‘Alien: Covenant’: Enthralling but oft seen (IANS Review, Rating: **)

Film: “Alien: Covenant”; Director: Ridley Scott; Cast: Michael Fassbender, Katherine Waterson, Billy Crudup, Danny McBride, Demian Bichir, Carmen Ejogo, Jussie Smollett, Callie Hernandez, Amy Seimetz, Benjamin Rigby , James Franco; Rating: **

You can’t help but compare this film to several previously watched films which include “Alien” (1979), “Aliens” (1986), “Prometheus” (2012) and the recently released “Life”. “Alien: Covenant” seems like a mix of all these films and at some point it seems like one big mess. Nevertheless, for those uninitiated to the series, this film would definitely be an awe-inspiring experience.

This film, the third directed by Ridley Scott is the sixth film in the overall Alien film series and is the sequel to Prometheus and the second instalment in the Alien prequel series. It is a film about the quest for the origins of life.

The film opens with a flashback to billionaire Peter Weyland (Guy Pearce) discoursing with his android butler David (Michael Fassbender) in a heavenly white-washed room and adorned with the Michelangelo statue from which, we learn, the android got his name.

Years later, the film follows the crew of the spaceship Covenant which is transporting over two thousand colonists and over a thousand human embryos to a new home planet called Origae 6 that will take a few years to get to. While in transit, a solar shockwave damages the ship, Walter a later model and doppelganger of David, also played by Fassbender, wakes the crew from the cryogenic stasis.

And soon, they hit upon a signal that showcases a much more attractive planet that is just a few weeks away. So a small batch of the crew go to check out if the planet is habitable. On the face of it the planet looks fine and the signal track leads the team of explorers to the remnants of the Prometheus, its sole survivor being its on-board android David (Fassbender).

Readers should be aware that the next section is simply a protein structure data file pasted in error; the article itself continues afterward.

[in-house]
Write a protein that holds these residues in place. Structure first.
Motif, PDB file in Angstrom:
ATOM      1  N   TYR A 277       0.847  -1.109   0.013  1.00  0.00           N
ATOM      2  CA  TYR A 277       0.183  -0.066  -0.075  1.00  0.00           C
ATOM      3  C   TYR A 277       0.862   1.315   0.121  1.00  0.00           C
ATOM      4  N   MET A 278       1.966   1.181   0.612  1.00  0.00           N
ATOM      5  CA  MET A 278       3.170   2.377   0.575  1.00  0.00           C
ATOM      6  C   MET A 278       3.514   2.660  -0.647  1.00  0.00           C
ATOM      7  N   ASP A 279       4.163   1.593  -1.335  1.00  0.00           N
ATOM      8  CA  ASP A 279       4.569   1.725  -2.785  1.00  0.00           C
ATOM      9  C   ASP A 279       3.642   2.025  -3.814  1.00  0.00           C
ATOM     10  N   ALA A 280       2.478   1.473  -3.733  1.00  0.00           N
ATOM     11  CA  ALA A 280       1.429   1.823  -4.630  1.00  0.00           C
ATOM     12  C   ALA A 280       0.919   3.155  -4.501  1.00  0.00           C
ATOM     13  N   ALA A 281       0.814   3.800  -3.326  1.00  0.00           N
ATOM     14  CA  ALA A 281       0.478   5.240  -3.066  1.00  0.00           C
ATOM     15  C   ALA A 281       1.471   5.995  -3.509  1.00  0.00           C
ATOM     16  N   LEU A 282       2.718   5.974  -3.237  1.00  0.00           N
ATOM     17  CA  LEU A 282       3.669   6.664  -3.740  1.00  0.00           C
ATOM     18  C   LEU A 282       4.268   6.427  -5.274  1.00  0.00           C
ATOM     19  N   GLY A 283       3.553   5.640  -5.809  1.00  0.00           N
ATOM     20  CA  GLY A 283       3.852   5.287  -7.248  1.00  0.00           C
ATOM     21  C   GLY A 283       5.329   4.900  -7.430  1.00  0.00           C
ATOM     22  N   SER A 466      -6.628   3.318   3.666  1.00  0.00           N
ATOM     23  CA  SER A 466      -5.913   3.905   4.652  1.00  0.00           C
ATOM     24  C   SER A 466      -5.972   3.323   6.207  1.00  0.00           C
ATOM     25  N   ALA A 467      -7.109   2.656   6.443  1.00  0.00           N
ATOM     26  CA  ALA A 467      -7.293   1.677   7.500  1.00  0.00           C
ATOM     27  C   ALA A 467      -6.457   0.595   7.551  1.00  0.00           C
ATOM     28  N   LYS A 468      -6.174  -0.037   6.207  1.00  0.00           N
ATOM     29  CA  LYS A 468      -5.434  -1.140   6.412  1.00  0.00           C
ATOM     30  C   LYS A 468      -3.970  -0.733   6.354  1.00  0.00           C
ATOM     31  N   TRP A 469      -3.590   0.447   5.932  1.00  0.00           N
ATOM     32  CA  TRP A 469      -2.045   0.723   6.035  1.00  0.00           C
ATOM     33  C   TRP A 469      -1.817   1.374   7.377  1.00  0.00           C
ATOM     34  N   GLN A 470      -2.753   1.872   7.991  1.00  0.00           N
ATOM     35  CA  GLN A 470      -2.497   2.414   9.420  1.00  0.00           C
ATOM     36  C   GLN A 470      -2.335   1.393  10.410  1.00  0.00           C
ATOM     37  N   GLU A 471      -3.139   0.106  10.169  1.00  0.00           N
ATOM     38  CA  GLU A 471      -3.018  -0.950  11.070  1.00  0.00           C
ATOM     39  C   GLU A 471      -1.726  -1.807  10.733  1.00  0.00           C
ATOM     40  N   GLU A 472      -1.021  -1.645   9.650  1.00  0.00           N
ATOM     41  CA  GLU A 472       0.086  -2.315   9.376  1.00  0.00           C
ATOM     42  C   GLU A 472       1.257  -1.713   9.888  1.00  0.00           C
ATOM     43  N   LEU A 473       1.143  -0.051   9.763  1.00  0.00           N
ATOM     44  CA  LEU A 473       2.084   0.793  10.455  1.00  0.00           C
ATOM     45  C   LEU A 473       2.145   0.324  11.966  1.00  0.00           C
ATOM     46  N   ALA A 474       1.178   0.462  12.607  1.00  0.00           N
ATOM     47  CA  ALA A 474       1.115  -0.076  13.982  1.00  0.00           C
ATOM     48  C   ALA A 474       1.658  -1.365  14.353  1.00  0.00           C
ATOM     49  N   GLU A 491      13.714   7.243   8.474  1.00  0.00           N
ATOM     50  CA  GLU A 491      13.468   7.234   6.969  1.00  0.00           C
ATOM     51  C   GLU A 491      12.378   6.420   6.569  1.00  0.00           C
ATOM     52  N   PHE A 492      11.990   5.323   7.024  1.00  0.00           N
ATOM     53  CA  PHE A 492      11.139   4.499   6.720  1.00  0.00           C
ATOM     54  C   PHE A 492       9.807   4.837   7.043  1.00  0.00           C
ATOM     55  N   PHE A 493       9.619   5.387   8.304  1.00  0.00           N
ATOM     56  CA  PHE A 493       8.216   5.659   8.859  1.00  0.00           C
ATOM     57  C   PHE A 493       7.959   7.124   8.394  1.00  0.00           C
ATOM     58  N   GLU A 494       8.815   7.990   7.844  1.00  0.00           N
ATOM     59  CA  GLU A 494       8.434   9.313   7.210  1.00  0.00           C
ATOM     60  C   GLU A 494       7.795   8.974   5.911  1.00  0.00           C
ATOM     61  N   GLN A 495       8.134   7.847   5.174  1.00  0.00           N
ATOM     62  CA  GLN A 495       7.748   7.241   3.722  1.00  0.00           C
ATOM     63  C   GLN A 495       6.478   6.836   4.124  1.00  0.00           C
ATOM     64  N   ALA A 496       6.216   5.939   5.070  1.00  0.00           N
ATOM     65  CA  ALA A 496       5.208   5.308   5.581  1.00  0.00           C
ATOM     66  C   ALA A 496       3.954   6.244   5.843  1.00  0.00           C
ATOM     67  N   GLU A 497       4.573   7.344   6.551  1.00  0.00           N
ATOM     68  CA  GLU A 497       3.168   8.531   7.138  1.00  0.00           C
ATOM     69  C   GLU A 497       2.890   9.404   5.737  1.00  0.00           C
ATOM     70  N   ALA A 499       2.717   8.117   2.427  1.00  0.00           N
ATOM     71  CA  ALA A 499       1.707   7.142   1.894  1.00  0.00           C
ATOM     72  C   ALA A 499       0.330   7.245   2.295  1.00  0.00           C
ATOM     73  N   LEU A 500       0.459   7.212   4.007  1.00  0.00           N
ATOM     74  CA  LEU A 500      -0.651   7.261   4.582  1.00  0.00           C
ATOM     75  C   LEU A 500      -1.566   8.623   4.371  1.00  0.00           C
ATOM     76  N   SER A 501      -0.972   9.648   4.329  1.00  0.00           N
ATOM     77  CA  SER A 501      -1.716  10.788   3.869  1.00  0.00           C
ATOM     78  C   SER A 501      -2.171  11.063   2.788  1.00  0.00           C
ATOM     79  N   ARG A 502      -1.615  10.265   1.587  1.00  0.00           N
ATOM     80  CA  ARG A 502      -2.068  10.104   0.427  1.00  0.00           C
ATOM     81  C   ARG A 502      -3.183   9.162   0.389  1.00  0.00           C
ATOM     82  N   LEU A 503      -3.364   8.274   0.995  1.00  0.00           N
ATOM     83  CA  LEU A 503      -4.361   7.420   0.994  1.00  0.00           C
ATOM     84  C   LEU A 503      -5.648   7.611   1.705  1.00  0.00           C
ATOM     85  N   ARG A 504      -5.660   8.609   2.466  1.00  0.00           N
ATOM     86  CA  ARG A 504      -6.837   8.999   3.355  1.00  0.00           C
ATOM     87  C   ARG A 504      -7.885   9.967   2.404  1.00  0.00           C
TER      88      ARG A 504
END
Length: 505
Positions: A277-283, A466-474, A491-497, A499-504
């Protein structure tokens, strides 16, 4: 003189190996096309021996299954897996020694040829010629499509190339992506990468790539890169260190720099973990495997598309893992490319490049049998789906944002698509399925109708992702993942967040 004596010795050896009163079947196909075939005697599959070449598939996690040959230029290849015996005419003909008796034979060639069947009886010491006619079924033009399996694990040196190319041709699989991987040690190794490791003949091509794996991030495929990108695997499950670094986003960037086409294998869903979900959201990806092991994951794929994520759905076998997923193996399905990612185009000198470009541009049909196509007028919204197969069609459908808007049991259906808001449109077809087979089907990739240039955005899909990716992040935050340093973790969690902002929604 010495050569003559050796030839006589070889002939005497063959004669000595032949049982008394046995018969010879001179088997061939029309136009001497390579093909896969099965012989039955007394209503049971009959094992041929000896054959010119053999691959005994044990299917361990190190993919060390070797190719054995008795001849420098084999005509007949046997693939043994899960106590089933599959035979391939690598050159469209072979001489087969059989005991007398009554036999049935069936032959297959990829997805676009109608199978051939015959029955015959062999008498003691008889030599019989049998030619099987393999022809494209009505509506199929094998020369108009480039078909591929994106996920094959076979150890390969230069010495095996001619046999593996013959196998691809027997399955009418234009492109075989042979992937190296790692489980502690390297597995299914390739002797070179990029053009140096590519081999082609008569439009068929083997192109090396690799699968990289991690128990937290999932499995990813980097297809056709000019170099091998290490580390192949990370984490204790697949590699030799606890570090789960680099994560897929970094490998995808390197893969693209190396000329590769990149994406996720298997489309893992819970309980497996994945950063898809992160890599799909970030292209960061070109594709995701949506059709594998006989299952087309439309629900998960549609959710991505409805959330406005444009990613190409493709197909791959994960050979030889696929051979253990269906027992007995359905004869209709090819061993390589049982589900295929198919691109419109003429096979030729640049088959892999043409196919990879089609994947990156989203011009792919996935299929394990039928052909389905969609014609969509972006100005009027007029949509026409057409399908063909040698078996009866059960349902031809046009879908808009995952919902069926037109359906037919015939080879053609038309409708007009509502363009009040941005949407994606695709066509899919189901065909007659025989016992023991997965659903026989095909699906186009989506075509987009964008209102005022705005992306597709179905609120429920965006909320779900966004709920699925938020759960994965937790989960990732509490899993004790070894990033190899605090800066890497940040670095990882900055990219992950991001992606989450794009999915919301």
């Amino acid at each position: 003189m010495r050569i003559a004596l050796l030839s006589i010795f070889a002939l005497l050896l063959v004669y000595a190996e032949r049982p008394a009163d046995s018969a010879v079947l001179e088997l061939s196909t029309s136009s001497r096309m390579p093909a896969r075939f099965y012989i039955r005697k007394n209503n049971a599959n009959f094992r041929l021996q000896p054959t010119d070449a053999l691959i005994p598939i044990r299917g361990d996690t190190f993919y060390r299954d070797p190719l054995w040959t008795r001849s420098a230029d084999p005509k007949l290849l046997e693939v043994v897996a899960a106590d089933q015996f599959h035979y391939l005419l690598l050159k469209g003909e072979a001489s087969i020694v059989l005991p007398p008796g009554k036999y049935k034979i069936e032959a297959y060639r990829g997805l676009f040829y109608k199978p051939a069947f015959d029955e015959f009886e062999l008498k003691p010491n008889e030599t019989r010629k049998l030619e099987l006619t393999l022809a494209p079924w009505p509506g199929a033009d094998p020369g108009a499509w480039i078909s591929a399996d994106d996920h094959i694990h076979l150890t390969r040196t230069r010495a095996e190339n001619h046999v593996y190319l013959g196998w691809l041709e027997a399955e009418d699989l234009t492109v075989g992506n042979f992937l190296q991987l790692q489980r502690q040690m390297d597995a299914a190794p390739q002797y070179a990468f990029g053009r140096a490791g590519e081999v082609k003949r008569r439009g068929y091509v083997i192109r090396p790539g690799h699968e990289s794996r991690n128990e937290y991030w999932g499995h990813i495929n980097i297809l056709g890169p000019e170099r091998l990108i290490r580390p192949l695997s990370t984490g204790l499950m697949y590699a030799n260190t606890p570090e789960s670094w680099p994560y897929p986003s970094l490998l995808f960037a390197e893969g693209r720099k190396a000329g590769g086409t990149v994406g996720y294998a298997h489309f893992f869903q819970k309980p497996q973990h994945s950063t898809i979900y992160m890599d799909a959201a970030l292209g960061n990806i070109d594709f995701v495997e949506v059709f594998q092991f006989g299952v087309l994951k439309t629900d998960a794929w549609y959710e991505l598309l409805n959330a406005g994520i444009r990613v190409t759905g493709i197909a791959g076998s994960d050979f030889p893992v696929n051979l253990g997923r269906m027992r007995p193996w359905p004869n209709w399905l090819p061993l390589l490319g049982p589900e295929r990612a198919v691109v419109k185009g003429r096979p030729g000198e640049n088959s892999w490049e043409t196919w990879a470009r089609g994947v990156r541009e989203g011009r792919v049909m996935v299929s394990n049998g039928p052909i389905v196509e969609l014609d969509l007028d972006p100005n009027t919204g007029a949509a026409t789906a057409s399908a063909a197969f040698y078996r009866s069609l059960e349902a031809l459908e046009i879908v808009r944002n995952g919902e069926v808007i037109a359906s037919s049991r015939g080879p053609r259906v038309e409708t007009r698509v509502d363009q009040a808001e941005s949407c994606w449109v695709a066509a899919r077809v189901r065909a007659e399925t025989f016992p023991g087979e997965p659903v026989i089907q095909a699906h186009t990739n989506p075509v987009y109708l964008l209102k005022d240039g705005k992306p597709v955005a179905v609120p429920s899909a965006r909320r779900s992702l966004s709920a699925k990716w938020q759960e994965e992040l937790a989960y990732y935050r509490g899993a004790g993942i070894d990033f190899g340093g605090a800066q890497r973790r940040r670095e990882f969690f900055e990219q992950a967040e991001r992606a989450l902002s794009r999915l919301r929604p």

What follows is the crew’s encounter with the alien life form that grows in the human body and bleeds acid and, their (crew’s) desperate attempt of survival.

The plot is cliched and predictable. But it is the performances from the ace cast that hold your attention. But unfortunately, the characters are wafer-thin.

Fassbender delivers the best performance. He is amiable as Walter, subtly straddling the borderline between human and android to make the artificial seem real. But as David, he is comical and hams initially, but later he truly becomes a villain, obsessed with the notion of creation. His transformation is definitely noteworthy.

Without comparing the cast to the previous editions, Danny McBride as Tennessee, brings some much-needed sarcasm and Katherine Watson does a pretty good job as Daniels, the forceful heroine.

On the technical front, “Alien: Covenant” looks as good as a blockbuster can. The production designs by Designer Chris Seagers are refined and of fine quality which is majestically captured by Cinematographer Dariusz Wolski’s camera work. He offers stunning interstellar shots and gorgeously lit character moments which seamlessly mesh with Charley Henley’s visual effects and Neil Corbould’s special effects. The background score by Jed Kurzel elevates the viewing experience.

By Troy Ribeiro

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